T Nation

Trump and Roe V. Wade

#99

Nor do many of the champions of every life is precious have a problem being against funding things that go towards making unwanted children’s lives better. The states which want these laws are some of the worst at being prepared for more unwanted children.

Forcing a raped woman to carry a rapists child seems really cruel. I’d be curious to know if any of them change their mind if their 14 year old gets raped and pregnant.

#100

The Bible is their guide. No children were ever killed by God or any of the Israelites.

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#101

Doesn’t the Bible says if a woman gets pregnant from adultery, that the fetus should be killed?

But yeah, the god of the Bible was all for genocide and slavery. But he loves everyone.

#102

Interesting, @pat

Shoot for what amounts to total bands; and when the dust settles from what most certainly will be legal and ethical warfare; come out of it all with not total restrictions…but certainly greater ones?

Again…interesting…

#103

Someone has to speak for those without a voice. Wouldn’t you rather be aborted than forced to live a full life in Alabama?

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#104

You would avoid having to ask, “should I call you Dad or grampa?”

#105

I would agree with you for sure

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#106

You keep saying this, but you’re forced to not actually use logic in your analogy. Unless someone genuinely doesn’t know where babies come from (in which case, I’d hope they aren’t having sex), they understand the implicit cause and effect of conceiving a child that didn’t ask to be created.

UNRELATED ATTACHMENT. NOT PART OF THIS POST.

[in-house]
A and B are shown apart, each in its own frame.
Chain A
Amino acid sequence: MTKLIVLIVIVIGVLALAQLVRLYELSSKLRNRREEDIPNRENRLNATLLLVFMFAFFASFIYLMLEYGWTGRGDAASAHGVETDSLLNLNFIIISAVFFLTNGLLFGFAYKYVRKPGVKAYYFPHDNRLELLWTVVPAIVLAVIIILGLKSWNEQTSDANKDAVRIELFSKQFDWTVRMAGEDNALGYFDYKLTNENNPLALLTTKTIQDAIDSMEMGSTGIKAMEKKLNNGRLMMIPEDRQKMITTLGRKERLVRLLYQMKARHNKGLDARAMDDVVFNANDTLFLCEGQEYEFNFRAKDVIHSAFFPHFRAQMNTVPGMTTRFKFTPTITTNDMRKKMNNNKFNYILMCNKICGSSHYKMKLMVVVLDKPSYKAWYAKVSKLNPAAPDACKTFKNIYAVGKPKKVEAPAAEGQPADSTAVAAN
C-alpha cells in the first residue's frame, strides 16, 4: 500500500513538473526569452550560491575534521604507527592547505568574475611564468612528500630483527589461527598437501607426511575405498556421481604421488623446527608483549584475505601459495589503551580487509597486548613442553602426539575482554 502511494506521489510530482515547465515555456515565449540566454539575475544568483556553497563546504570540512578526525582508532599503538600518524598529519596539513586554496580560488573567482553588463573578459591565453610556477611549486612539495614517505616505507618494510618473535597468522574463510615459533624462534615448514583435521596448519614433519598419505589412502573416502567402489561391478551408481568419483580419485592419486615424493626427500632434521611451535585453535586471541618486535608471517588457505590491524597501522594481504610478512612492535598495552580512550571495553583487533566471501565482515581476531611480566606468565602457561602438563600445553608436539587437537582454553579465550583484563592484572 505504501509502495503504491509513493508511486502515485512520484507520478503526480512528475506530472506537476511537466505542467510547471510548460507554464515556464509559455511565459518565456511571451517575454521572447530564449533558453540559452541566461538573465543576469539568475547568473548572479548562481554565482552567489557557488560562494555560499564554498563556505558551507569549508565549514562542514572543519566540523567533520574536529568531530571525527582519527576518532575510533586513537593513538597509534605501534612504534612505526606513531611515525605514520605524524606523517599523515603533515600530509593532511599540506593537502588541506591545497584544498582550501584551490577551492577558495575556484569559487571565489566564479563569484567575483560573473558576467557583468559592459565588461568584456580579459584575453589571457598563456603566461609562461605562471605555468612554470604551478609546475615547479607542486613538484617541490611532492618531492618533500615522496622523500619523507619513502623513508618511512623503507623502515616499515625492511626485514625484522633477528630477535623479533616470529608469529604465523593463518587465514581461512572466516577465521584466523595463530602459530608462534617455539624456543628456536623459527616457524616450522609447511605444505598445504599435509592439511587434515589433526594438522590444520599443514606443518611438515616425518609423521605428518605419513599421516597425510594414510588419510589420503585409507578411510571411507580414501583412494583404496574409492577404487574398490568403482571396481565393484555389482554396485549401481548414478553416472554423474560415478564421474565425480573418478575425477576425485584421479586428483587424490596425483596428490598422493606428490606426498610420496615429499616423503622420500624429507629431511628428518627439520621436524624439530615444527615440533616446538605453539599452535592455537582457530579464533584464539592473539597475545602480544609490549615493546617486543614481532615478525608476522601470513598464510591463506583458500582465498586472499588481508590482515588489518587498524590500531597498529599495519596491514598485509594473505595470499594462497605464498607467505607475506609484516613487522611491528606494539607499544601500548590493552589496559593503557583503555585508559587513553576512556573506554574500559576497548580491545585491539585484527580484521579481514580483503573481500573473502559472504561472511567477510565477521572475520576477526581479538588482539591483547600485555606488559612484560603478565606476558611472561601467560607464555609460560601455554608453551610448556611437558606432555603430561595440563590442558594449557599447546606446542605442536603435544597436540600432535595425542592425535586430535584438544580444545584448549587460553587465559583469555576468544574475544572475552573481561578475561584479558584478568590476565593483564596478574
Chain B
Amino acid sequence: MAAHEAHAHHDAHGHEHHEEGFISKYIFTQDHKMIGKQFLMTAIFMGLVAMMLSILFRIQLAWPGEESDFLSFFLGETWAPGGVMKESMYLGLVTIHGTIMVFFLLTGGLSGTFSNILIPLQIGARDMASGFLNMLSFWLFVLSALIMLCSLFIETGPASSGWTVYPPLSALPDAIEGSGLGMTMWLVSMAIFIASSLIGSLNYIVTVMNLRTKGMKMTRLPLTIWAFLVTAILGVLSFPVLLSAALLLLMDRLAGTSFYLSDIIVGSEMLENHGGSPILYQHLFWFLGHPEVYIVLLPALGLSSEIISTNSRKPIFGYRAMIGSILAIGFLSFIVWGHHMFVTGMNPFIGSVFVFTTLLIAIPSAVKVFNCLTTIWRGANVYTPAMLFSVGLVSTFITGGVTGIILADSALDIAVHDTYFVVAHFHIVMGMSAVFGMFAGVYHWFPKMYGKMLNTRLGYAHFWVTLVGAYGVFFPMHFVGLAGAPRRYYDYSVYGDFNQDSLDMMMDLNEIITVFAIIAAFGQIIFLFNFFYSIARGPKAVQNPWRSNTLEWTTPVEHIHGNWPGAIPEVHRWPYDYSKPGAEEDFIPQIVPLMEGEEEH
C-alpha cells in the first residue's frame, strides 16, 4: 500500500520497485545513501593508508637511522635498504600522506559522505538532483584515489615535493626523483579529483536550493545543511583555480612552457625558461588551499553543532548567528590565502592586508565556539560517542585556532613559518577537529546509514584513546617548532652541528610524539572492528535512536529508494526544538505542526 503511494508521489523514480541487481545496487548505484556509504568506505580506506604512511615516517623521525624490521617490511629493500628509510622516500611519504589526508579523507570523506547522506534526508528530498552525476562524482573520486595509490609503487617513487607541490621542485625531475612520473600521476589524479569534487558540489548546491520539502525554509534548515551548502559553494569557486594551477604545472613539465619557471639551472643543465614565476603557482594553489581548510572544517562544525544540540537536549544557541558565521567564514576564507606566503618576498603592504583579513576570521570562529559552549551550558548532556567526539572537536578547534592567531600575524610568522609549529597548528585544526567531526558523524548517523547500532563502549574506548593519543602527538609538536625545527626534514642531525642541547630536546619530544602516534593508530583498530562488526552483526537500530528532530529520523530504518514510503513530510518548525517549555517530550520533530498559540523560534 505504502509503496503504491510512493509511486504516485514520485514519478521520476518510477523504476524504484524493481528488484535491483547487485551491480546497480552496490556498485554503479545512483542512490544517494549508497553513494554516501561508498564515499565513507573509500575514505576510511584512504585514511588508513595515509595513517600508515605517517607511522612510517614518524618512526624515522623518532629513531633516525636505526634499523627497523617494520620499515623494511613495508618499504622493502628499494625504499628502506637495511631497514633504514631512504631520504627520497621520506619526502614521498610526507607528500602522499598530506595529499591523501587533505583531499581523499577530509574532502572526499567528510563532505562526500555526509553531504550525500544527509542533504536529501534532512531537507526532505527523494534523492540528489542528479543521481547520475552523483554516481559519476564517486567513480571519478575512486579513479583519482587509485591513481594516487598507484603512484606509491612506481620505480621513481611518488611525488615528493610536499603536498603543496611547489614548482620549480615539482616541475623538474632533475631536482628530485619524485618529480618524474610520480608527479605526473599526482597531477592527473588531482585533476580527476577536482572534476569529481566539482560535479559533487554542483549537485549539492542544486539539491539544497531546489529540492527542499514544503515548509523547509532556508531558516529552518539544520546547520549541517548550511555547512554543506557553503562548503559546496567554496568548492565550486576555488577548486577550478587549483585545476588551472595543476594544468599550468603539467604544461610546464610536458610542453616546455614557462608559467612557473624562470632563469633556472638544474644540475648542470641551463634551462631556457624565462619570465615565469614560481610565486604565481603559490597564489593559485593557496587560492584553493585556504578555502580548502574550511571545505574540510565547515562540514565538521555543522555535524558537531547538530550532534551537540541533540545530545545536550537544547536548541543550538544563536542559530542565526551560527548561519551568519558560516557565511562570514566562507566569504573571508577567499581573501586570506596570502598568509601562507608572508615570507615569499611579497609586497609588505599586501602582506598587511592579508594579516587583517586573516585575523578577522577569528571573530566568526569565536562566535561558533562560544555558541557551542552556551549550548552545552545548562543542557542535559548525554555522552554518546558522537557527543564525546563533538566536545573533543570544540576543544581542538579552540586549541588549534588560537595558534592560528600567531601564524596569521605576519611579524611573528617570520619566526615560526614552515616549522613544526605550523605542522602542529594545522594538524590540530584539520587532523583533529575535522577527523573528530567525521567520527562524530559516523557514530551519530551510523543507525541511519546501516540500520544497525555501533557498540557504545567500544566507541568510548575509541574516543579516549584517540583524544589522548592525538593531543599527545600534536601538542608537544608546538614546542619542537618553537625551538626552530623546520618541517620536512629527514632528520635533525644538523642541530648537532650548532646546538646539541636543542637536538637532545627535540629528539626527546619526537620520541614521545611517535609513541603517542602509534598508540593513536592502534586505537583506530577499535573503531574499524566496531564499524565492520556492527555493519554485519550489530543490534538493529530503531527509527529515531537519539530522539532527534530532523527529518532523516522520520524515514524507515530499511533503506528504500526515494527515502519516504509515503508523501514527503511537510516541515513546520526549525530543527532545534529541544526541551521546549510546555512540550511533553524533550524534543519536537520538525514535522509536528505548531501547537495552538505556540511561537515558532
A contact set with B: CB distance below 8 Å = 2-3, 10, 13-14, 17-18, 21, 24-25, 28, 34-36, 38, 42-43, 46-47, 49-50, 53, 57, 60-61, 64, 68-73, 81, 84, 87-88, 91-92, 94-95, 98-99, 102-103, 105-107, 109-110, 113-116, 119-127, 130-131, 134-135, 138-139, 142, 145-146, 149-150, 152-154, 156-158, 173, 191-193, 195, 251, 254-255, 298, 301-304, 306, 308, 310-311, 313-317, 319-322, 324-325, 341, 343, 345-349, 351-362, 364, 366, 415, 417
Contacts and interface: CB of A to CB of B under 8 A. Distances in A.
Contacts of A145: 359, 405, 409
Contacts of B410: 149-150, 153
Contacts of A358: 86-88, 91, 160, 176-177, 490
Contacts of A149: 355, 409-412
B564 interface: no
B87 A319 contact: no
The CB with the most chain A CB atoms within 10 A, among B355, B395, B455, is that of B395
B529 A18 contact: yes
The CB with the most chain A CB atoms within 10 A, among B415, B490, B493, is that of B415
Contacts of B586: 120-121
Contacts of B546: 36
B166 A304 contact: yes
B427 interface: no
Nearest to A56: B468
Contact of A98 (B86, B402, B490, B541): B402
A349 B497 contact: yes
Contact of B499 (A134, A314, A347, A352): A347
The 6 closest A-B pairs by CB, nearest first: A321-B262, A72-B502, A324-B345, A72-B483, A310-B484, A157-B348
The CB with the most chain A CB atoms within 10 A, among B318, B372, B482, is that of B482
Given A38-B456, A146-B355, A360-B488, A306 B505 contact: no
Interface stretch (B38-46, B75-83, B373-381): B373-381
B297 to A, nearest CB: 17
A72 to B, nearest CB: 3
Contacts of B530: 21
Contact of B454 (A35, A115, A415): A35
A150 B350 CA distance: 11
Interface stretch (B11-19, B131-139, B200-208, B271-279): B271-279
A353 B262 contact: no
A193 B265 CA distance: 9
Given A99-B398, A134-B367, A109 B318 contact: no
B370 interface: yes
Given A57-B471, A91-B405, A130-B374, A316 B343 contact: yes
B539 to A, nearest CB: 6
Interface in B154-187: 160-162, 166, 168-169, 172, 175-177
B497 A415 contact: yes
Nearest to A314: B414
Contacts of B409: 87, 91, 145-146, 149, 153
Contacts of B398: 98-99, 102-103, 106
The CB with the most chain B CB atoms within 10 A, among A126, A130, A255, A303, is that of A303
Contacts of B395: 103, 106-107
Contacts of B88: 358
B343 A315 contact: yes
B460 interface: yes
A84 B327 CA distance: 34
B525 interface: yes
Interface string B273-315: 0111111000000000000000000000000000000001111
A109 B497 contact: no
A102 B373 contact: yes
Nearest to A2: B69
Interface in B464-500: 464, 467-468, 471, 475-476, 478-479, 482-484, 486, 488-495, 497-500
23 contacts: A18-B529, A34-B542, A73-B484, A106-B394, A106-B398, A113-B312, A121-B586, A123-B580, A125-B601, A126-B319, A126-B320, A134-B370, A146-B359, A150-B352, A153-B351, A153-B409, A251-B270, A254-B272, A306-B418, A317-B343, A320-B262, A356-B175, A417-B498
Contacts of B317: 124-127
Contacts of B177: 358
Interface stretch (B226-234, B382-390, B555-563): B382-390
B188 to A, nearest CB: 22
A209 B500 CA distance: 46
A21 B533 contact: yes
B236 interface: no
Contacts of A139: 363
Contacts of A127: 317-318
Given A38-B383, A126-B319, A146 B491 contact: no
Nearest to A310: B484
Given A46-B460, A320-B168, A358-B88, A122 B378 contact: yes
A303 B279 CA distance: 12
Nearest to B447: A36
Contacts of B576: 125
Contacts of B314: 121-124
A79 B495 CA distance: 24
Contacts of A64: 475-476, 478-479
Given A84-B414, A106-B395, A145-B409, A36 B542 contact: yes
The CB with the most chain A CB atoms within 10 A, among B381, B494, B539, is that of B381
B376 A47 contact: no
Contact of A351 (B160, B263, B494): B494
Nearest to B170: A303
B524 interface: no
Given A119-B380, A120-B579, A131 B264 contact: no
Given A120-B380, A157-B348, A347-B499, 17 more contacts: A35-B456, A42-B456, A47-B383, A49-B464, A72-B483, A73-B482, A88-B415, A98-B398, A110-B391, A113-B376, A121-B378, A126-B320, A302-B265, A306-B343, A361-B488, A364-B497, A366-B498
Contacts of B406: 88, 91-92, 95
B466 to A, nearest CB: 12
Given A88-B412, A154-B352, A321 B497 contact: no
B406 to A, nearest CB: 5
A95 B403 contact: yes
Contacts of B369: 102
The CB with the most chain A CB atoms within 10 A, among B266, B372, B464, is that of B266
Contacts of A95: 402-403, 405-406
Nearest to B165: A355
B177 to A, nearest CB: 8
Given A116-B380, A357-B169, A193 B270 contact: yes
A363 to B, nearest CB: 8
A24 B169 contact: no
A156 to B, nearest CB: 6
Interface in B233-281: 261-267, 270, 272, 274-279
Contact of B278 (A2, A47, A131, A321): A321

Carrying a child can’t be seen as having a stake of ownership unless the fetus has rights and is eligible for ownership. If it’s eligible for ownership, it must have base rights. The right to life outranks the right to ownership, therefore no living thing can have the right to ownership without also having the right to life.

You endorse the killing of fully viable children. Drawing the distinction at ‘infants’ is nit picky

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#107

I’m not sure I follow you here. My argument in no way involved the mother having ownership rights over the fetus. My point is that one should have full control of what is within their body, and that if another being is within those confines, that being doesn’t get rights above the being containing them.

#108

Then you’re back to the implicit contract associated with forcing a child to be conceived. The mother has already violated the choice of the fetus and would be required to maintain the contract after such a time that the fetus can live and choose for itself.

Fwiw, looking at it as ownership rights seems strange, considering you can find no comparison on the planet to this style of ‘ownership’.

#109

My argument is hard to argue against IMO. It may end in stalemates. Morally, I’m not for what I think should be legal, BTW.